Nationalisation to be investigated by ANC leaders

Deputy Minister of Public Enterprises Enoch Godongwana has taken the blame for the issue of the nationalisation of mines going as far as it did, with it becoming the most contested topic at the ANCs national general council (NGC).

Godongwana admitted to reporters at the Durban Exhibition Centre on Friday that the ANC did not pay enough attention to the ANC Youth League’s (ANCYL) position paper on nationalisation, and therefore allowed it to develop into the issue that overshadowed the NGC.

“If I had done my work, we would not have been here now,” Godongwana, who is the chairperson of the economic transformation subcommittee of the ANC, said.

We took to the streets at the ANC national general council to ask ministers and delegates from various walks of life about their expectations of the NGC, the succession debate and the rising tension between Julius Malema and President Jacob Zuma.

Godongwana and Planning Minister Trevor Manuel told reporters the party’s national executive committee (NEC) was tasked by the NGC to investigate the nationalisation of mines, the hobby horse of the ANCYL.

Heated discussions held on Thursday night threatened to cripple the NGC and led the plenary to defer it to a committee of provincial secretaries to resolve the impasse.

This committee decided the issue will remain on the ANC agenda, but no decisions about it will be taken until 2012, when the ANC has its national conference in Mangaung.

Divided
It emerged that the top leadership of the ANC, the NEC, is divided on the issue.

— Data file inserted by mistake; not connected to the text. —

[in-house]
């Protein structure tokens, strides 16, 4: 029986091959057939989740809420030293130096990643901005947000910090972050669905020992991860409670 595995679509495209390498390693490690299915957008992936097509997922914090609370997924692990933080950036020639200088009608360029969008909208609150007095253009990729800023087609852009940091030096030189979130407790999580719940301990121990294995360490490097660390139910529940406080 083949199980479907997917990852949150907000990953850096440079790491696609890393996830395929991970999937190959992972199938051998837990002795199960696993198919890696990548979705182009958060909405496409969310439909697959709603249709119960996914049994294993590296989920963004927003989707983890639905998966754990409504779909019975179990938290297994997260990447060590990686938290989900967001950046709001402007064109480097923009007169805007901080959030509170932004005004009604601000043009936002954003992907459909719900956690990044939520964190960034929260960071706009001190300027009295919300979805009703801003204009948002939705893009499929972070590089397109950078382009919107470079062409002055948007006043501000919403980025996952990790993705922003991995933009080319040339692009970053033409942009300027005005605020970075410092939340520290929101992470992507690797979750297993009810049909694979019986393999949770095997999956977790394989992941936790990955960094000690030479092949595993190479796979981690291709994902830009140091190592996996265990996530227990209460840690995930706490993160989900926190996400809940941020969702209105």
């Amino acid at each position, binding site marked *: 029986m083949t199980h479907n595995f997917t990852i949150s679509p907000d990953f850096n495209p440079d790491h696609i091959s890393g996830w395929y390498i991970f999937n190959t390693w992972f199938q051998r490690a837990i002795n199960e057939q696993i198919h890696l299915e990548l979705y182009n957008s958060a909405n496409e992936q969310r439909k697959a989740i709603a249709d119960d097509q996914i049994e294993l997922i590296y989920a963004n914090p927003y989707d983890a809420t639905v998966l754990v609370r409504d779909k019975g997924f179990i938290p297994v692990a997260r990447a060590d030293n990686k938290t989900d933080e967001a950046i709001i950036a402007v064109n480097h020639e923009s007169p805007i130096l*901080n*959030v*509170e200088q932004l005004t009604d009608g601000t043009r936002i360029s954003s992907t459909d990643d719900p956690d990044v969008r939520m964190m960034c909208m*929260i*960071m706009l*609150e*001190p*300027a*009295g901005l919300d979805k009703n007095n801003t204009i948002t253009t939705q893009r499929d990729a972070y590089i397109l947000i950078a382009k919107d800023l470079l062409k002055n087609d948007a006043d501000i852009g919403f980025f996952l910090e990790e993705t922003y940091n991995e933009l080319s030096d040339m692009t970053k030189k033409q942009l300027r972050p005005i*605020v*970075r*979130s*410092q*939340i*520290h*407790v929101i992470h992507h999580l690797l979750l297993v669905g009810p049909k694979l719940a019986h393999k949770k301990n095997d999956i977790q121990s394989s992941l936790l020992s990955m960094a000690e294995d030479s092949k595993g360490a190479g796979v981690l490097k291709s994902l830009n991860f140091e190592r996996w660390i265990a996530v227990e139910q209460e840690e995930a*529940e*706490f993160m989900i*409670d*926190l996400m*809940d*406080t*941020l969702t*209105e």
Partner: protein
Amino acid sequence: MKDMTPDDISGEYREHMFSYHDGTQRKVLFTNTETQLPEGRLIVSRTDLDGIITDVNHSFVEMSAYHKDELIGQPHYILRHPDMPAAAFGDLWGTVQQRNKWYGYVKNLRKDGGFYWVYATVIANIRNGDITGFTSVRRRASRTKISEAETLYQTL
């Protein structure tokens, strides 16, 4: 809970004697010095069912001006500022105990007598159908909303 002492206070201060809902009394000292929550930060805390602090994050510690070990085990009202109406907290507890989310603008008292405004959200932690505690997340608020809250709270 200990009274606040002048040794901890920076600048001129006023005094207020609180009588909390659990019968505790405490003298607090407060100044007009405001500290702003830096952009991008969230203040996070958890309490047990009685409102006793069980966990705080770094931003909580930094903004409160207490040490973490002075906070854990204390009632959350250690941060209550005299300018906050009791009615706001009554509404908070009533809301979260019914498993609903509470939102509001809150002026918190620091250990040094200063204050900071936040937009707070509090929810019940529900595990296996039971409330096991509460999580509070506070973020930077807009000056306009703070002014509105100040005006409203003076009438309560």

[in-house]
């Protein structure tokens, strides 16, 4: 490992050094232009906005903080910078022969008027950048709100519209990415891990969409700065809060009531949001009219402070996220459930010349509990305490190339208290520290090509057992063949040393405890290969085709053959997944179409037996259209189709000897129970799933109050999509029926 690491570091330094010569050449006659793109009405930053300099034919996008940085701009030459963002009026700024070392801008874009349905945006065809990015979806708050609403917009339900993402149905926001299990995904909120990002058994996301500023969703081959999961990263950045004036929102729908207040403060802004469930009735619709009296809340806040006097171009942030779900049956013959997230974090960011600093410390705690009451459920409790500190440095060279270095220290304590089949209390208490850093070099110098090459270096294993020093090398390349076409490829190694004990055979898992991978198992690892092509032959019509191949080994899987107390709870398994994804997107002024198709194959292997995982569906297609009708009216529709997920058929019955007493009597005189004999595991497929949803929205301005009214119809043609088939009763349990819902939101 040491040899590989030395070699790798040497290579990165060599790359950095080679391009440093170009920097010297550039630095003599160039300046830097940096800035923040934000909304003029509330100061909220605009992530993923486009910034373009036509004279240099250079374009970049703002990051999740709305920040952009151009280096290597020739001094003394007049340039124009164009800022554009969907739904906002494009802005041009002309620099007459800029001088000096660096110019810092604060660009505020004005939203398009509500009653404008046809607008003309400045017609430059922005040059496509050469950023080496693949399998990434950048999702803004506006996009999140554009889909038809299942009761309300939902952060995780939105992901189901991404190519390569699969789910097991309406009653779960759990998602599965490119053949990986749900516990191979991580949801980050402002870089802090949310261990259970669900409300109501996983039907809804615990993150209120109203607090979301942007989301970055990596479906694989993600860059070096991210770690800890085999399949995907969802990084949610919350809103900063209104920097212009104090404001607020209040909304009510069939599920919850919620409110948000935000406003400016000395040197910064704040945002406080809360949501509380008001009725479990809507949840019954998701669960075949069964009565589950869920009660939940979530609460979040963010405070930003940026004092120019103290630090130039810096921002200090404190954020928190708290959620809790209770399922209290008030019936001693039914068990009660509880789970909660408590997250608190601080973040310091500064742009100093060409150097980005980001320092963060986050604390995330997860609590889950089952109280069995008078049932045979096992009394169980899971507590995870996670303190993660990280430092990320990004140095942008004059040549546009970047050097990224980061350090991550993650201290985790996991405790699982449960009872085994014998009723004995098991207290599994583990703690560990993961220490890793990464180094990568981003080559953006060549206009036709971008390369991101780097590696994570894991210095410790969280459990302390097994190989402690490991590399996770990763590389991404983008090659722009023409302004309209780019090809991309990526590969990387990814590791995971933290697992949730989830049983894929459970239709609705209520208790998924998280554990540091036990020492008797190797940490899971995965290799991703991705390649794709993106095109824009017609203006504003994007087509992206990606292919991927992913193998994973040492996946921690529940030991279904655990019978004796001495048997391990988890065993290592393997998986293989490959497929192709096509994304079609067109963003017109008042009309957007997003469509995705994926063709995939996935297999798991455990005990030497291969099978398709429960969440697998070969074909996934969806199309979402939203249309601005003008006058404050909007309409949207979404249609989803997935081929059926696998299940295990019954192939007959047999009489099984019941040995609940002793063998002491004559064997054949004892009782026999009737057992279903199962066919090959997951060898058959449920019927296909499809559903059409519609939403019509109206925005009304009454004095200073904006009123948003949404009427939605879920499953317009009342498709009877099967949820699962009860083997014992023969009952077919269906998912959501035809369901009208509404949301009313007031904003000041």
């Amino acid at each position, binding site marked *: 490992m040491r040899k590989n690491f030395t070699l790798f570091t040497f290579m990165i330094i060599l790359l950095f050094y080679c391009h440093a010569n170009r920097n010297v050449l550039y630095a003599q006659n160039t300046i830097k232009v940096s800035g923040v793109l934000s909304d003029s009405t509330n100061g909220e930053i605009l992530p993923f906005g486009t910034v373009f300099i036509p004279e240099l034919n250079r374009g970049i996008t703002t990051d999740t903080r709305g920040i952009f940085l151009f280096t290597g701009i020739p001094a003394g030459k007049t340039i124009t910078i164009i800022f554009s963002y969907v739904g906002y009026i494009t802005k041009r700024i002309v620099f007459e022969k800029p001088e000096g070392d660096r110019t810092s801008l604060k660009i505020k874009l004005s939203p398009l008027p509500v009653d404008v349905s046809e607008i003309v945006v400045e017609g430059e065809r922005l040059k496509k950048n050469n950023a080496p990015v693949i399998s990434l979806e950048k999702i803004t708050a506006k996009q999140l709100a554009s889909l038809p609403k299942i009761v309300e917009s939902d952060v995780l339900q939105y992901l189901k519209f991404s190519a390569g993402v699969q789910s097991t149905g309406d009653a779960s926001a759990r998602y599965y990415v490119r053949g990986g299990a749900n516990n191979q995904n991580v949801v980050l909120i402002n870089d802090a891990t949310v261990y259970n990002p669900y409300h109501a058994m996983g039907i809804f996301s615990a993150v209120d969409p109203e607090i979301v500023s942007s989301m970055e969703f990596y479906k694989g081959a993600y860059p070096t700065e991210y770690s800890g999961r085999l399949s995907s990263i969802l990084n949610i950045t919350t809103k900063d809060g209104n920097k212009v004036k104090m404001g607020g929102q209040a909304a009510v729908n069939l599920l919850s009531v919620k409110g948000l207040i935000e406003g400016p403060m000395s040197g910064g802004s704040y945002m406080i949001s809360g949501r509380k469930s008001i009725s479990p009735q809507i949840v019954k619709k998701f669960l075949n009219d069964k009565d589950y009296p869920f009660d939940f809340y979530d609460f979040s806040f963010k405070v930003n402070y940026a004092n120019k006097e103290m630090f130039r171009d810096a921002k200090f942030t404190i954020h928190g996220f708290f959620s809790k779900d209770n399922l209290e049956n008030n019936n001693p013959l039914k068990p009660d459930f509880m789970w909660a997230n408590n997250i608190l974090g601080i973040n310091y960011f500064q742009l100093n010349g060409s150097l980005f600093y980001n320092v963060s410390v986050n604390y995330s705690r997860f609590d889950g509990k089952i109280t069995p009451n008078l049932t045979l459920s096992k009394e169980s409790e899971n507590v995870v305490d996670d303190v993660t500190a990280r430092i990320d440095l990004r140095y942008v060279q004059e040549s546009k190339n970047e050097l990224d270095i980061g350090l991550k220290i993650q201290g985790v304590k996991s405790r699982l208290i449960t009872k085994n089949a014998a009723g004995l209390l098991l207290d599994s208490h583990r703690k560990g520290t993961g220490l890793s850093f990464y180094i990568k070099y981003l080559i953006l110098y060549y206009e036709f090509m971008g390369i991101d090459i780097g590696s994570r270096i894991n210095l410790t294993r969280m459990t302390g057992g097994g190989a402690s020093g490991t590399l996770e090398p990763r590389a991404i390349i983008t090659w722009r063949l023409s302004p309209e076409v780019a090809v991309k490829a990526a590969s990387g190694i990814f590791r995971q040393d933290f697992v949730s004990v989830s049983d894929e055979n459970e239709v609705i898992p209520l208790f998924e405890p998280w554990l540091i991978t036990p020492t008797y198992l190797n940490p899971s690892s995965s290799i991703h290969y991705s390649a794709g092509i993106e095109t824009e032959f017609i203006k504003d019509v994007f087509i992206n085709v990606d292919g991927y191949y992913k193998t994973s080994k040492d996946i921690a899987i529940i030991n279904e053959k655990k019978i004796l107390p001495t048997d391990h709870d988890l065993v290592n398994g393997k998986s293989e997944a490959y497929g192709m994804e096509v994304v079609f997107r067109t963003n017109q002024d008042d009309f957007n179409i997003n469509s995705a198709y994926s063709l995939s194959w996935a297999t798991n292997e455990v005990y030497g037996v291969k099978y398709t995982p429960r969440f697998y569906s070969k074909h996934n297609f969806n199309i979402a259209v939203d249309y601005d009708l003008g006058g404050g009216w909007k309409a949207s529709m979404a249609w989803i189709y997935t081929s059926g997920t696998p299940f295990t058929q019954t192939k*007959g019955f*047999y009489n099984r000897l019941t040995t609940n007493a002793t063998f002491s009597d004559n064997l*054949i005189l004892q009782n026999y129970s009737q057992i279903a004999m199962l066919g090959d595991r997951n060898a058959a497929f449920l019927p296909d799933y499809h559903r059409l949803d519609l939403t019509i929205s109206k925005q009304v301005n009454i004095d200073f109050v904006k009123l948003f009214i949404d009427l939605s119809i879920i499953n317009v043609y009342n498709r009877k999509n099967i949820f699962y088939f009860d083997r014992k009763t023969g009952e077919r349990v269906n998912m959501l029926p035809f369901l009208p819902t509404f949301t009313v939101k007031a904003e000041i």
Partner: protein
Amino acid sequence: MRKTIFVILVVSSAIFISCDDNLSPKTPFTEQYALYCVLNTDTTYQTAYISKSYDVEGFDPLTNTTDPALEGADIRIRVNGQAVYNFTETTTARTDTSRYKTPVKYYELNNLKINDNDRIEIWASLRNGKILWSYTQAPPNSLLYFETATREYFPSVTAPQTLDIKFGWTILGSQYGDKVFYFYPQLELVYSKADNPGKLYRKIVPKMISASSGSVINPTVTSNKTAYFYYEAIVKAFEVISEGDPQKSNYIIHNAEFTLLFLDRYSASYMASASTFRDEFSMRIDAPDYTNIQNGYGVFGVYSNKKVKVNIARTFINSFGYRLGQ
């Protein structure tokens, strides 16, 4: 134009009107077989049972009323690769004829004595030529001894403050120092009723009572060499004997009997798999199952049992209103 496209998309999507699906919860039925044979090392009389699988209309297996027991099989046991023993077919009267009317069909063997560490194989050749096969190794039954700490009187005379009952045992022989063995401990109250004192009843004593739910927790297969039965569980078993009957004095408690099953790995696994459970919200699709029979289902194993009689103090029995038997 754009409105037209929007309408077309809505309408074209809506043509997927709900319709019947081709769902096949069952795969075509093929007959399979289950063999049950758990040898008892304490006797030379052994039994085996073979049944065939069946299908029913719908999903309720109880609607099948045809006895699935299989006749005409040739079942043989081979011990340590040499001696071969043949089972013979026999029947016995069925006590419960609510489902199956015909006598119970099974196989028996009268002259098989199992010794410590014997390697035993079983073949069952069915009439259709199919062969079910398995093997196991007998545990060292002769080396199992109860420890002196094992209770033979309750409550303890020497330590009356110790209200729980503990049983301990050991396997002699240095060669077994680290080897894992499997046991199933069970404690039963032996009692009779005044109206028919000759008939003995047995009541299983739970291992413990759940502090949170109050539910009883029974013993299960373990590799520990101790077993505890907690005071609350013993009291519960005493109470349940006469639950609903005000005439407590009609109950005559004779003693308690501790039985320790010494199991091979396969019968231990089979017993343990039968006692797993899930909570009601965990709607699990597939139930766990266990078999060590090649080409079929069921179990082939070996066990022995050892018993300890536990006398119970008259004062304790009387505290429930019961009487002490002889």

Said Godongwana: “We don’t have the same understanding of what nationalisation is.”

He added that the ANC is in favour of state intervention in the economy, so the youth league is pushing an open door.

In the briefing session by Godongwana and Manuel, it was clear that, although the ANCYL had reached its goal of keeping nationalisation on the agenda, it will have an uphill battle convincing the crucial ANC policy gurus of its point.

Undoubtedly the most upmarket area at the ANC’s national general council was the business lounge. We accompany President Jacob Zuma on a tour of the exhibition, a place where business and politics meet.

Manuel argued that the benefactors of nationalisation will be BEE miners who suffer due to the drop in commodity prices.
He said to bail them out with money meant for the poor cannot be right.

The issue of resource constraints must come in somewhere, he said, with clear distaste for the arguments raised by the youth league.

Godongwana said nationalisation will cost the country R2,3-trillion.

Unimpressed
Manuel made it clear that he was not impressed with the level of debate about this issue.

“The problem is that if you have to take decisions based on who shouts the loudest, you can’t get into the details.”

To drive his point home, he said: “Last night there was even a call for the nationalisation of the barber shops,” he quipped, to the laughter of journalists.

But Malema’s supporters argue this is a victorious step in their carefully crafted plan on nationalisation. The NGC has no decision-making powers, so therefore to get this conference to agree to investigate the issue and talk about it again in 2012 is a success.

And to get respected economic minds like Manuel and Godongwana to have to make as if they take nationalisation seriously is not insignificant.

But given the investigation will be led by Godongwana, they may need to do a lot more convincing.

Keep up with our live coverage, videos and tweets from the ANC national general council at www.mg.co.za/AncNgc.

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